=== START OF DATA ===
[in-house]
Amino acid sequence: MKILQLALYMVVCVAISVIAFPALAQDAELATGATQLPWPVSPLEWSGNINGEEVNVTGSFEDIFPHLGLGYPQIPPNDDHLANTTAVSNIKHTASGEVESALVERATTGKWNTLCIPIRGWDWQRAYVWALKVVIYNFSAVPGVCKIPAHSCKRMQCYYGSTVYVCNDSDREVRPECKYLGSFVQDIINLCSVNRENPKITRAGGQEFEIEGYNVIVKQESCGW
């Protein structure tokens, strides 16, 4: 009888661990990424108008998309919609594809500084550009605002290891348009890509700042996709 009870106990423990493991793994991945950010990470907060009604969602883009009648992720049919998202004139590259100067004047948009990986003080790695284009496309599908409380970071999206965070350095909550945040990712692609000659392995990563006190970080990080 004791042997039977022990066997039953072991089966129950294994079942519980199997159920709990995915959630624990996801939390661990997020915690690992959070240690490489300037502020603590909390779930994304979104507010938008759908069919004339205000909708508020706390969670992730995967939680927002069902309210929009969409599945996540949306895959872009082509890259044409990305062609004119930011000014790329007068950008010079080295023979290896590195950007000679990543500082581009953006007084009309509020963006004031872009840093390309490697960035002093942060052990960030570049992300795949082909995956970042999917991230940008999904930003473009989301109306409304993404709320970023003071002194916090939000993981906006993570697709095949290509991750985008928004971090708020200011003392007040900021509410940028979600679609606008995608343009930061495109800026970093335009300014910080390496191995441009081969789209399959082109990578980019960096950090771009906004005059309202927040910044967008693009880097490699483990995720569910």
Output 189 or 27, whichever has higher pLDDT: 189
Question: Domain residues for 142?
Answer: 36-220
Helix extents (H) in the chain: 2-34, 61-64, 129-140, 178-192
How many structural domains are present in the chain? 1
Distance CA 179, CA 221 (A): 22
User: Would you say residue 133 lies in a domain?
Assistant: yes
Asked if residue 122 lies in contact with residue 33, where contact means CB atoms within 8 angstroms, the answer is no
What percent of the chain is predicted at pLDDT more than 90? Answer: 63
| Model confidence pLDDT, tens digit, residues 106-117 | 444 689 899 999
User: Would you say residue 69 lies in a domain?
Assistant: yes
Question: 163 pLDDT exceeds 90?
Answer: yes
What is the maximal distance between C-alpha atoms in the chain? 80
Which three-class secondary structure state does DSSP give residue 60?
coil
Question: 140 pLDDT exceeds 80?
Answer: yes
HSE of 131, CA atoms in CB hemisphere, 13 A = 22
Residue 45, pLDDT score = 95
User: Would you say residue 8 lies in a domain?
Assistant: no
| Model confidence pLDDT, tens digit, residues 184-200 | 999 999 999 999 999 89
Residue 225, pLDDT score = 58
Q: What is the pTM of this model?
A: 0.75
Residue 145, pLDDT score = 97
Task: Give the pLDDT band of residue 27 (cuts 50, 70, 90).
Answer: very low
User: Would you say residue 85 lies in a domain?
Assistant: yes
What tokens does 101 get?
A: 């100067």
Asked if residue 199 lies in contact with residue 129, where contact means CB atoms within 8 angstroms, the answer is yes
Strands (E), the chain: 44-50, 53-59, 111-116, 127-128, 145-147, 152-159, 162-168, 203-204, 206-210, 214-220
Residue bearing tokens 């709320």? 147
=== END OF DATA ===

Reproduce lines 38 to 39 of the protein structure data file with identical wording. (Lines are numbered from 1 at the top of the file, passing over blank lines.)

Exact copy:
A: 């100067």
Asked if residue 199 lies in contact with residue 129, where contact means CB atoms within 8 angstroms, the answer is yes